Monday, October 20, 2014
Album Review: Craang – To The Estimated Size Of The Universe
Ah, the joys of coming across the onomatopoeic band-name. To all intents and purposes, Craang sounds like their moniker suggests they should. The sudden resonant “craaannng” of strings reverberating through a mass of distortion. Actual metal on metal action. Oddly enough, as a heavy band capable of dredging up some powerful emotions, Craang are reminiscent of another onomatopoeic band, Kongh. Despite their blacker outlook and doomier “kooooonnngh” those Swedes definitely share a love for a good wall-of-sound and pounding repetition with this impressive Greek trio.
As a debut album, quite frankly TTESOTU is astounding. There have been plenty of releases of late riding the retro gravy train but this four-track concoction of space, stoner and psych is quite unlike anything that has come before. Yes, some of its content may bear a passing resemblance to Hawkwind, Zappa or Pink Floyd but it actually draws strength from far more contemporary sounds than these. Take “Butterfly” for example. It digs out the kind of sick, splattering riff that Fu Manchu or Orange Goblin might have conjured and rides it until it sinks so far into your consciousness that you cease to notice it any more. You can feel your own pulse begin to syncopate, realigning itself with the music to create a new cadence for you to live by. Not only this, but the cyclical lyric “hold your breath” [or "breasts" as it beings to sound after one to many t̶o̶k̶e̶s̶ rotations] will follow you to your grave. All this, and still the music remains utterly uplifting, infectiously introspective and emotionally exacting.
Throughout, you’ll pick up on the slow, steady development taking place in the layers beyond the drone fuzz brushstrokes. Forever shifting, the picture morphs before your eyes, as much as the album’s stunning artwork suggests it might. Perhaps it’s the warm production, maybe it’s the fact that as a three-piece the sound is spartan rather than busy, or perhaps it’s the little effervescent qualities that shine through, but all I know is that “Magnolia” plays like an absolute dream. You really do feel a certain sense of having been removed from space and time as you go drifting off into the cosmos-stretching sonic wonderland that Craang have created here.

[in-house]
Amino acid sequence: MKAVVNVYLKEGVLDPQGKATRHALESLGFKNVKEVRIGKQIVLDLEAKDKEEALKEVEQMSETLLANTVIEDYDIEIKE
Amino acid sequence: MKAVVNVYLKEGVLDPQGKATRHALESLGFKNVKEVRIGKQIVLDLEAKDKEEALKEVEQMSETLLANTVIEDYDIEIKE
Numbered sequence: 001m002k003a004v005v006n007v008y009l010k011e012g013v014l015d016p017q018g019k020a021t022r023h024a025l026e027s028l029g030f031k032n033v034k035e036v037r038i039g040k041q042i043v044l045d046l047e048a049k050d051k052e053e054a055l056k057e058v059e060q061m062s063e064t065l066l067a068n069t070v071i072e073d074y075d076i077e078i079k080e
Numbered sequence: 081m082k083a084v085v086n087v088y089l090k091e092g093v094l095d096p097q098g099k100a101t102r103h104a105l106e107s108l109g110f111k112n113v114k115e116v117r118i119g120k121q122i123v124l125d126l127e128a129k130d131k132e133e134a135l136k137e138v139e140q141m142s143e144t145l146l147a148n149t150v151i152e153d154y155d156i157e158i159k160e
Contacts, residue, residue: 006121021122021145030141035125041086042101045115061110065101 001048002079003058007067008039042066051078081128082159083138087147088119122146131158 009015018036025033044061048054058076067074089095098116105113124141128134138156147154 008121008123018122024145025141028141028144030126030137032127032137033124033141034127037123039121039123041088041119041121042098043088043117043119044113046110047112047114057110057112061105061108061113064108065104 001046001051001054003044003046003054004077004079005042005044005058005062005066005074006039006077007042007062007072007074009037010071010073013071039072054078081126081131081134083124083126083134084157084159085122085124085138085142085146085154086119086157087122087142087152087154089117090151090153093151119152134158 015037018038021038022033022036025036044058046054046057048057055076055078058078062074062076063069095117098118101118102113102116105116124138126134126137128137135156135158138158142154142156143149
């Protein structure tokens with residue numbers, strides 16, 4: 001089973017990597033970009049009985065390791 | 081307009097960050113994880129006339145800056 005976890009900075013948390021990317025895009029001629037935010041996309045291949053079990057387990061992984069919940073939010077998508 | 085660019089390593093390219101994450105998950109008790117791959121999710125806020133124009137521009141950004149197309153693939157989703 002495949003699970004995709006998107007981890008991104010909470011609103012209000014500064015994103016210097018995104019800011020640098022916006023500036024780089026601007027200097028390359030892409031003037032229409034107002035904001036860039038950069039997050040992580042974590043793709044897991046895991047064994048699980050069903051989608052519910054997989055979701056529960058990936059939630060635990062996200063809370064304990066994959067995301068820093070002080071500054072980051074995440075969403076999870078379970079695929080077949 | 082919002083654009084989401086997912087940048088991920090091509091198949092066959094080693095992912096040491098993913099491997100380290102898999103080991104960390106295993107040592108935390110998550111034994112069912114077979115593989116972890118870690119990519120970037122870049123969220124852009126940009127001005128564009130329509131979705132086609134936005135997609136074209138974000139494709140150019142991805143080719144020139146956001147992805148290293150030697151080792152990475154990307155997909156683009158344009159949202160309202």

One criticism one might throw in their direction is that they have a tendency to wallow towards repetition a little too easily. Consequently, all the songs bear a passing resemblance to one another – “Slo Forward Jam” plays like an instrumental build to the majesty of its neighbour, whilst the lengthy jam, “The Meteorian”, essentially drives off the same rhythmic pattern that “Magnolia” sets up. What this latter track does sport is some effortlessly affecting dreampop lyrics and an immense section of synth that lifts the whole piece into something incredibly cinematic in feel. You might also catch the strains of a flying saucer coming in to land as they wind up the warble effect to Biblical proportions. The truth is out there, apparently.
There is definitely no hiding from the enigmatic joy, passion and crushing presence that this album carries. The whole is weighty yet the tone remains light as a feather. Quite where they go from this mountaintop remains to be seen, but the safest bet on the planet would be an immediate invite to Roadburn, ProgPower or Desertfest.